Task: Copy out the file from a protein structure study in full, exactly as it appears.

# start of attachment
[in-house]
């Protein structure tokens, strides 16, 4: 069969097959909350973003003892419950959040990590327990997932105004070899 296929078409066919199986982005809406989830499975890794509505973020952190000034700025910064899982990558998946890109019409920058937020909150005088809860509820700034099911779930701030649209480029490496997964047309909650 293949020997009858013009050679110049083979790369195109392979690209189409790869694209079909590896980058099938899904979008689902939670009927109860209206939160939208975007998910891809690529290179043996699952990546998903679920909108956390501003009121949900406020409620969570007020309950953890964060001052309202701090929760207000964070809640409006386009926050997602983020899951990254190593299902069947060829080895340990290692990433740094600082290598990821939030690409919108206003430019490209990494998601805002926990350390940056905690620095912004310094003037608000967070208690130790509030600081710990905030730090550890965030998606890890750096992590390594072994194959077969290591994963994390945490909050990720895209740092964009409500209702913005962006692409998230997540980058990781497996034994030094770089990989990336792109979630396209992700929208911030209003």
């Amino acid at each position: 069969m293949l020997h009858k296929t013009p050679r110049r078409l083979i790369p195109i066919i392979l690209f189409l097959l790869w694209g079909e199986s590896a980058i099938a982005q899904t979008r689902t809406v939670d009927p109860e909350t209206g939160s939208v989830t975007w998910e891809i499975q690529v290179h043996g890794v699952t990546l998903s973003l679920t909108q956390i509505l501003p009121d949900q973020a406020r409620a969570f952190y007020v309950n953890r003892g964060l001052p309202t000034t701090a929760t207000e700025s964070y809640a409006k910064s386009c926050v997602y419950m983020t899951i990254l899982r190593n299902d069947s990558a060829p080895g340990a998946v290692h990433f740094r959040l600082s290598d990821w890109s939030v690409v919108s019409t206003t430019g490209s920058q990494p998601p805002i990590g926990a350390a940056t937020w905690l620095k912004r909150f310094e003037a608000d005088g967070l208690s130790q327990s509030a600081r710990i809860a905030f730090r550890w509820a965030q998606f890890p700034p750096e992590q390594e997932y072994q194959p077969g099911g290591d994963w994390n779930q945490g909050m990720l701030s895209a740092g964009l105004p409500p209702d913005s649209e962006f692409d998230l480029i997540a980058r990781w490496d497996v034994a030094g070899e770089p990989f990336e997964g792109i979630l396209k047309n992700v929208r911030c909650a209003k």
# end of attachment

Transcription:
[in-house]
């Protein structure tokens, strides 16, 4: 069969097959909350973003003892419950959040990590327990997932105004070899 296929078409066919199986982005809406989830499975890794509505973020952190000034700025910064899982990558998946890109019409920058937020909150005088809860509820700034099911779930701030649209480029490496997964047309909650 293949020997009858013009050679110049083979790369195109392979690209189409790869694209079909590896980058099938899904979008689902939670009927109860209206939160939208975007998910891809690529290179043996699952990546998903679920909108956390501003009121949900406020409620969570007020309950953890964060001052309202701090929760207000964070809640409006386009926050997602983020899951990254190593299902069947060829080895340990290692990433740094600082290598990821939030690409919108206003430019490209990494998601805002926990350390940056905690620095912004310094003037608000967070208690130790509030600081710990905030730090550890965030998606890890750096992590390594072994194959077969290591994963994390945490909050990720895209740092964009409500209702913005962006692409998230997540980058990781497996034994030094770089990989990336792109979630396209992700929208911030209003």
């Amino acid at each position: 069969m293949l020997h009858k296929t013009p050679r110049r078409l083979i790369p195109i066919i392979l690209f189409l097959l790869w694209g079909e199986s590896a980058i099938a982005q899904t979008r689902t809406v939670d009927p109860e909350t209206g939160s939208v989830t975007w998910e891809i499975q690529v290179h043996g890794v699952t990546l998903s973003l679920t909108q956390i509505l501003p009121d949900q973020a406020r409620a969570f952190y007020v309950n953890r003892g964060l001052p309202t000034t701090a929760t207000e700025s964070y809640a409006k910064s386009c926050v997602y419950m983020t899951i990254l899982r190593n299902d069947s990558a060829p080895g340990a998946v290692h990433f740094r959040l600082s290598d990821w890109s939030v690409v919108s019409t206003t430019g490209s920058q990494p998601p805002i990590g926990a350390a940056t937020w905690l620095k912004r909150f310094e003037a608000d005088g967070l208690s130790q327990s509030a600081r710990i809860a905030f730090r550890w509820a965030q998606f890890p700034p750096e992590q390594e997932y072994q194959p077969g099911g290591d994963w994390n779930q945490g909050m990720l701030s895209a740092g964009l105004p409500p209702d913005s649209e962006f692409d998230l480029i997540a980058r990781w490496d497996v034994a030094g070899e770089p990989f990336e997964g792109i979630l396209k047309n992700v929208r911030c909650a209003k």